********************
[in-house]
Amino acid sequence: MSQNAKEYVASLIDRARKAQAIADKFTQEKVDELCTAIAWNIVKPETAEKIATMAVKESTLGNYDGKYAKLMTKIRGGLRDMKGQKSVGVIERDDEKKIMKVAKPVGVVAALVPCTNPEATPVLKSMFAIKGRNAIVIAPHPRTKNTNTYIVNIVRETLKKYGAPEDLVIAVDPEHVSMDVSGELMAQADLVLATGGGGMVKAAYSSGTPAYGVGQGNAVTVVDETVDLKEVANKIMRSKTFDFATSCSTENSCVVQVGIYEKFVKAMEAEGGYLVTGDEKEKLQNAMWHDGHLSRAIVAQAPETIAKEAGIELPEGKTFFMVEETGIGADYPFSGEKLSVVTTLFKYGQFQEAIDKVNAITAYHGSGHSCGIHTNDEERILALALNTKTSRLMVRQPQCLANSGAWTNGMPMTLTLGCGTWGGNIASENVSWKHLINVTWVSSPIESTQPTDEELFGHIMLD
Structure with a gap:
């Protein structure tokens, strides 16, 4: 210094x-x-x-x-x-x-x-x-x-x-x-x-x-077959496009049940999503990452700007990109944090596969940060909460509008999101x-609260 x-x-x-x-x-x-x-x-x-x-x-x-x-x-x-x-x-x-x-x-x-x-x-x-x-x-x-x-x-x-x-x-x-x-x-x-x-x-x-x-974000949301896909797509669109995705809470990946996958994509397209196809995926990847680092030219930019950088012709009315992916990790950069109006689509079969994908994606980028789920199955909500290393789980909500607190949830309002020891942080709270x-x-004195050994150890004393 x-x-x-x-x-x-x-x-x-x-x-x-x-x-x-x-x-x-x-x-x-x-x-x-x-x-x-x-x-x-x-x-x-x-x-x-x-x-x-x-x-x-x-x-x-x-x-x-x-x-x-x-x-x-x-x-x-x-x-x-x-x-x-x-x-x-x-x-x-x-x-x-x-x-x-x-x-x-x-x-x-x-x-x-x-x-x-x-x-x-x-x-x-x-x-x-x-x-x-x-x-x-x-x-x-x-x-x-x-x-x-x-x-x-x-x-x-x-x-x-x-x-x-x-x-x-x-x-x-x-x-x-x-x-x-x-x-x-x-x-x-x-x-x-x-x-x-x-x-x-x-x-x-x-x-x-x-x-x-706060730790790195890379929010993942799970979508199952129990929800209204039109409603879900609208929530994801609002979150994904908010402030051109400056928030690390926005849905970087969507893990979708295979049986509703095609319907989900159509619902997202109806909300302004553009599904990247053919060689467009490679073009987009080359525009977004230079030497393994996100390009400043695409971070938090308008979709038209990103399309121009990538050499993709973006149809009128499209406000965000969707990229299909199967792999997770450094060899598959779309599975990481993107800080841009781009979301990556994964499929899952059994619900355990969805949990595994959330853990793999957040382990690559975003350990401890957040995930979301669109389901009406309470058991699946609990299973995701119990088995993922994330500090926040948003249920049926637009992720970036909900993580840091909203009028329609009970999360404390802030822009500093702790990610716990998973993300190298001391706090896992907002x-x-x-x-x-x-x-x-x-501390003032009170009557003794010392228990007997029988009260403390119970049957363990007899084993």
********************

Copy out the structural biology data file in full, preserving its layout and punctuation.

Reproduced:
[in-house]
Amino acid sequence: MSQNAKEYVASLIDRARKAQAIADKFTQEKVDELCTAIAWNIVKPETAEKIATMAVKESTLGNYDGKYAKLMTKIRGGLRDMKGQKSVGVIERDDEKKIMKVAKPVGVVAALVPCTNPEATPVLKSMFAIKGRNAIVIAPHPRTKNTNTYIVNIVRETLKKYGAPEDLVIAVDPEHVSMDVSGELMAQADLVLATGGGGMVKAAYSSGTPAYGVGQGNAVTVVDETVDLKEVANKIMRSKTFDFATSCSTENSCVVQVGIYEKFVKAMEAEGGYLVTGDEKEKLQNAMWHDGHLSRAIVAQAPETIAKEAGIELPEGKTFFMVEETGIGADYPFSGEKLSVVTTLFKYGQFQEAIDKVNAITAYHGSGHSCGIHTNDEERILALALNTKTSRLMVRQPQCLANSGAWTNGMPMTLTLGCGTWGGNIASENVSWKHLINVTWVSSPIESTQPTDEELFGHIMLD
Structure with a gap:
């Protein structure tokens, strides 16, 4: 210094x-x-x-x-x-x-x-x-x-x-x-x-x-077959496009049940999503990452700007990109944090596969940060909460509008999101x-609260 x-x-x-x-x-x-x-x-x-x-x-x-x-x-x-x-x-x-x-x-x-x-x-x-x-x-x-x-x-x-x-x-x-x-x-x-x-x-x-x-974000949301896909797509669109995705809470990946996958994509397209196809995926990847680092030219930019950088012709009315992916990790950069109006689509079969994908994606980028789920199955909500290393789980909500607190949830309002020891942080709270x-x-004195050994150890004393 x-x-x-x-x-x-x-x-x-x-x-x-x-x-x-x-x-x-x-x-x-x-x-x-x-x-x-x-x-x-x-x-x-x-x-x-x-x-x-x-x-x-x-x-x-x-x-x-x-x-x-x-x-x-x-x-x-x-x-x-x-x-x-x-x-x-x-x-x-x-x-x-x-x-x-x-x-x-x-x-x-x-x-x-x-x-x-x-x-x-x-x-x-x-x-x-x-x-x-x-x-x-x-x-x-x-x-x-x-x-x-x-x-x-x-x-x-x-x-x-x-x-x-x-x-x-x-x-x-x-x-x-x-x-x-x-x-x-x-x-x-x-x-x-x-x-x-x-x-x-x-x-x-x-x-x-x-x-x-706060730790790195890379929010993942799970979508199952129990929800209204039109409603879900609208929530994801609002979150994904908010402030051109400056928030690390926005849905970087969507893990979708295979049986509703095609319907989900159509619902997202109806909300302004553009599904990247053919060689467009490679073009987009080359525009977004230079030497393994996100390009400043695409971070938090308008979709038209990103399309121009990538050499993709973006149809009128499209406000965000969707990229299909199967792999997770450094060899598959779309599975990481993107800080841009781009979301990556994964499929899952059994619900355990969805949990595994959330853990793999957040382990690559975003350990401890957040995930979301669109389901009406309470058991699946609990299973995701119990088995993922994330500090926040948003249920049926637009992720970036909900993580840091909203009028329609009970999360404390802030822009500093702790990610716990998973993300190298001391706090896992907002x-x-x-x-x-x-x-x-x-501390003032009170009557003794010392228990007997029988009260403390119970049957363990007899084993």